A recent Supreme Court case has thrown a new light on the
controversial issue of whether it's legal for a parent to smack
their child in order to administer discipline.
It began with a father in South Australia delivering three slaps
to his 12 year old son, twice on his shorts and once on his bare
thigh that left a redness on the skin but no bruise.
The father shared custody with his estranged wife, the boy's
mother, and he administered the disciplinary smack after the boy
threw a tantrum at lunch and showed disrespect to his father and
The mother reported the incident to police, and the father was
convicted of assault in Adelaide Magistrates Court. He appealed to
South Australia's Supreme Court where the conviction was
The judge said the original trial was misdirected on the issue
of parental correction. Justice David Peek said the smack was
"not unreasonable" for the purpose of correcting
The judge took into account the father had tried to instill
self-discipline in his son by giving him 'time out' , but
it didn' t change his behavior.
"The suffering of some temporary pain and discomfort by the
child will not transform a parent attempting to correct a child
into a person committing a criminal offence," Judge Peek
"Indeed, the very suffering of temporary emotion may be
calculated to impress the child and correct the behaviour, just as
much as the accompanying physical discomfort.
"Some level of pain is permissible, and in the present case
there was little. The mere existence of red marks caused by the
punishment does not prove unreasonable correction."
Solicitor Anneka Frayne from Stacks Law Firm said the Supreme
Court decision was interesting in law, but stressed that while many
other countries have instituted legal bans on corporal punishment
of children including New Zealand, Germany, Italy, Hungary and
Greece, there is no anti-smacking law in Australia.
However the way in which a smack is administered is covered by
law. In NSW the laws of parental smacking are defined in Section
61AA (1) & (2) of the Crimes Act 1900.
"In NSW the defence of 'lawful correction' says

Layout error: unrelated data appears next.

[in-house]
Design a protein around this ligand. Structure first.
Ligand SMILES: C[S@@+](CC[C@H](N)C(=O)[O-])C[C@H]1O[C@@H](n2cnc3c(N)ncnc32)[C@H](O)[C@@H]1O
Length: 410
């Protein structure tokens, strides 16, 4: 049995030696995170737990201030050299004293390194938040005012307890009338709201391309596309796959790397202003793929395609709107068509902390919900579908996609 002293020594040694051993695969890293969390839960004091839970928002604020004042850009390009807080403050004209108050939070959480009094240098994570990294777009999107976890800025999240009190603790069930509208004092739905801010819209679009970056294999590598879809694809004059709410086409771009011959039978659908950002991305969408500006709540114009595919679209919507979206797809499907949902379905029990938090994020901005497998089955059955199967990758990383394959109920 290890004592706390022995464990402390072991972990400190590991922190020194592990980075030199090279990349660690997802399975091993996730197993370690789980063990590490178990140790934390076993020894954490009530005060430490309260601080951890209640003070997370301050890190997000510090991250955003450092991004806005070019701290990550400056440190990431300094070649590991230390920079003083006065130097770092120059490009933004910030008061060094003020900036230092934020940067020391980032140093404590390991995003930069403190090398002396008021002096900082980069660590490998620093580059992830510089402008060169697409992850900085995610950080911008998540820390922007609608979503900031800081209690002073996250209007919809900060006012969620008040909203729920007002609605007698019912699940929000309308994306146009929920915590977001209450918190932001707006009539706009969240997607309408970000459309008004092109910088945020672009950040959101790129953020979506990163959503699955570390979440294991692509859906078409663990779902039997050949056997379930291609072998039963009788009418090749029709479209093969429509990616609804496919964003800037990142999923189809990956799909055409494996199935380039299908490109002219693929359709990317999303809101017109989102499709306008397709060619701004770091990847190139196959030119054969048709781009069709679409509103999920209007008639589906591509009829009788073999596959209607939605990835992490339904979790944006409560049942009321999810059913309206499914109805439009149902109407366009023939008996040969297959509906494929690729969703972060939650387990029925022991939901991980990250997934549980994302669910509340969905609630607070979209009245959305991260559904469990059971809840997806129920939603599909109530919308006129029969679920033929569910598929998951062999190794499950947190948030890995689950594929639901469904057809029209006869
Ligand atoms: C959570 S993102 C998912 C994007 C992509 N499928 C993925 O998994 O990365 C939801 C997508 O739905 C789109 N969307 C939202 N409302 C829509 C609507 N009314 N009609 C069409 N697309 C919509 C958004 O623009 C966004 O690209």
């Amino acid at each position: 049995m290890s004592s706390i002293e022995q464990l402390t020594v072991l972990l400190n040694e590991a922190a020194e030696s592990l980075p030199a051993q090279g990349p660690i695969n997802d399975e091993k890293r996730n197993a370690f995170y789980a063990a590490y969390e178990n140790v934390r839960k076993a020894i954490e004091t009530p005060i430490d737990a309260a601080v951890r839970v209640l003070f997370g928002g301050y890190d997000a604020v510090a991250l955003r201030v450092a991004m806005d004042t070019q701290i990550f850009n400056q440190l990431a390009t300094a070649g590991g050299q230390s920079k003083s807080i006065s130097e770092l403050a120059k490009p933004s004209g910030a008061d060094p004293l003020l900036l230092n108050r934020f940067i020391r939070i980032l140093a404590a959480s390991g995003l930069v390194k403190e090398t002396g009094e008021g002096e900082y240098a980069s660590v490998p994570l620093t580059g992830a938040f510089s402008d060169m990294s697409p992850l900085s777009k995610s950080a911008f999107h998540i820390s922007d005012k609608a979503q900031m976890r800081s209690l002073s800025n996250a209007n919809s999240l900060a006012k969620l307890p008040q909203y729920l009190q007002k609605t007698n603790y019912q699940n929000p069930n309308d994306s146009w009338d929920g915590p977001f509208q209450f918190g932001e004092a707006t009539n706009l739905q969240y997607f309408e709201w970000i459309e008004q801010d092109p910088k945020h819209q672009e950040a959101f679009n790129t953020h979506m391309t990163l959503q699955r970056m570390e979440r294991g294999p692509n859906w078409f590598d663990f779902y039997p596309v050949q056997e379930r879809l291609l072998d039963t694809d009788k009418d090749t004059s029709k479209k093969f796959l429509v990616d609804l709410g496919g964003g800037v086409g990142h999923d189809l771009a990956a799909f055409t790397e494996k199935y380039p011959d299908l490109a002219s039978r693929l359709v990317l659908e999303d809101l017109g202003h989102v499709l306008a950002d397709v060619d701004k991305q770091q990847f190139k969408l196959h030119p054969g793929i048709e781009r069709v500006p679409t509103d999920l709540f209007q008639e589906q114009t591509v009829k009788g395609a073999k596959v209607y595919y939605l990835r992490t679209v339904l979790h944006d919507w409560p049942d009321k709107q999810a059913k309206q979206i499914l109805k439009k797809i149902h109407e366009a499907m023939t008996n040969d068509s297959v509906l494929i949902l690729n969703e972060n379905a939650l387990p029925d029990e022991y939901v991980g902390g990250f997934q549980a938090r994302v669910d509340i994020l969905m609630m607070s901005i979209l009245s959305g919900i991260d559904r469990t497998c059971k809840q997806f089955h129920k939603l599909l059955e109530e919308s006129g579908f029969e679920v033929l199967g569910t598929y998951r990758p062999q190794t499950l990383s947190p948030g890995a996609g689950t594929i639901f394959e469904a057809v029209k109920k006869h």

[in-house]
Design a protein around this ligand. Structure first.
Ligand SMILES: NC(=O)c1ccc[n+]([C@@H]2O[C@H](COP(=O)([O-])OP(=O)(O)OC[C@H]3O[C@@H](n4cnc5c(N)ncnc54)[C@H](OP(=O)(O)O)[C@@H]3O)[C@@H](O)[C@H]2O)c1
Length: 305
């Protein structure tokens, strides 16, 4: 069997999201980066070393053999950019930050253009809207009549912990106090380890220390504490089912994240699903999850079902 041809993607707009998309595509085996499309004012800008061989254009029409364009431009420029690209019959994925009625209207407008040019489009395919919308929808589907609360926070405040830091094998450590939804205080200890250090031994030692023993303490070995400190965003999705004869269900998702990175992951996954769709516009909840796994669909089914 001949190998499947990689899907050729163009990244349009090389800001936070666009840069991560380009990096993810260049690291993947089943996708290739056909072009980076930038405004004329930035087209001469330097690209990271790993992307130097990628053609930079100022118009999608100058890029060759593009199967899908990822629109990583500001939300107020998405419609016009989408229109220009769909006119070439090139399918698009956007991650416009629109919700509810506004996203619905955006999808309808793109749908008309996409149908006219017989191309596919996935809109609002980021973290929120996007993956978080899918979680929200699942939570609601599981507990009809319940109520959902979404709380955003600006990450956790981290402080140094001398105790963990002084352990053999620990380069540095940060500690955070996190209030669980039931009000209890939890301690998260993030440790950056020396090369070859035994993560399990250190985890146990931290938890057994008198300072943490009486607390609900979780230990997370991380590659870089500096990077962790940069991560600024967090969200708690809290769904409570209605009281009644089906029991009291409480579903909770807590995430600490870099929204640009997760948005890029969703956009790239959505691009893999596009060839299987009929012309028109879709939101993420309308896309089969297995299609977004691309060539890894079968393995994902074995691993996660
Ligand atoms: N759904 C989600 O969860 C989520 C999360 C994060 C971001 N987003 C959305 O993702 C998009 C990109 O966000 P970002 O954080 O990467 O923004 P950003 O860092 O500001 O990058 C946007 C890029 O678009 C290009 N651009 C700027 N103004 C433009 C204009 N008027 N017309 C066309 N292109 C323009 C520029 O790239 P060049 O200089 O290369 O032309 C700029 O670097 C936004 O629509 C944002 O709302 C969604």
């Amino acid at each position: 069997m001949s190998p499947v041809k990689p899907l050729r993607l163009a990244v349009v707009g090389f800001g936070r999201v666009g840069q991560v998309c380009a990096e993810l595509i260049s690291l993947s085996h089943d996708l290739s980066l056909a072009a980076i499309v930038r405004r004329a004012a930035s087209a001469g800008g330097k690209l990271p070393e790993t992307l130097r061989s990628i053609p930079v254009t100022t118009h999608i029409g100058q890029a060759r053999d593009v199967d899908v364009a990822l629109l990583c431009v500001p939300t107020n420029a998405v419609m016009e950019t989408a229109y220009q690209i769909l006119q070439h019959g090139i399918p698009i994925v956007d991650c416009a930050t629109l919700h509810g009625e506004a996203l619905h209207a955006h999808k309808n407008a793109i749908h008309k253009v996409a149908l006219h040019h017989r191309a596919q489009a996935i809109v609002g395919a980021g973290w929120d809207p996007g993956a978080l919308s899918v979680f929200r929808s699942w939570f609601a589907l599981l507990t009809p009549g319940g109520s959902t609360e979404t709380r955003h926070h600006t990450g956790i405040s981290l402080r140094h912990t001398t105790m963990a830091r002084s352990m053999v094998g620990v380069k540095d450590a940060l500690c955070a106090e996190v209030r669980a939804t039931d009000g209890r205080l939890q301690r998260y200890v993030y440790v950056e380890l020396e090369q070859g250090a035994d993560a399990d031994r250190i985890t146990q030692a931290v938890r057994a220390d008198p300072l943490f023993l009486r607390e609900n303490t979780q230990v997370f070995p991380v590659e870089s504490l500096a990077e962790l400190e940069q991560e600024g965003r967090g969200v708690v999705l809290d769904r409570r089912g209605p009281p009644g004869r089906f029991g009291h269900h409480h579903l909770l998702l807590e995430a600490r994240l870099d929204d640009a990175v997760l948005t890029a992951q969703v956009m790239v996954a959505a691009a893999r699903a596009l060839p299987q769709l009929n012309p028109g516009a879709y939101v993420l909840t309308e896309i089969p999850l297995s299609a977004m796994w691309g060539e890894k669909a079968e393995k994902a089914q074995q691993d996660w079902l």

parents can apply physical force to punish their child so long as
it is 'reasonable' in the circumstances. Obviously
what's reasonable is not always clear cut and can be open to
different interpretation by courts," she said.
"The law gives some guidance though. It says it's never
reasonable to apply force to a child's head or neck (except
where the force applied is 'negligble' ) or to apply any
force that causes harm for more than a short period. Obviously
it's best not to smack your child but if you feel that it's
necessary to change their behaviour, be mindful of the law and
don't overstep the mark."
The content of this article is intended to provide a general
guide to the subject matter. Specialist advice should be sought
about your specific circumstances.
To print this article, all you need is to be registered on Mondaq.com.
Click to Login as an existing user or Register so you can print this article.
Sect.117 can deal with false statements and knowingly making false allegations of violence could justify a costs order.
Some comments from our readers… “The articles are extremely timely and highly applicable” “I often find critical information not available elsewhere” “As in-house counsel, Mondaq’s service is of great value”
Register for Access and our Free Biweekly Alert for
This service is completely free. Access 250,000 archived articles from 100+ countries and get a personalised email twice a week covering developments (and yes, our lawyers like to think you’ve read our Disclaimer).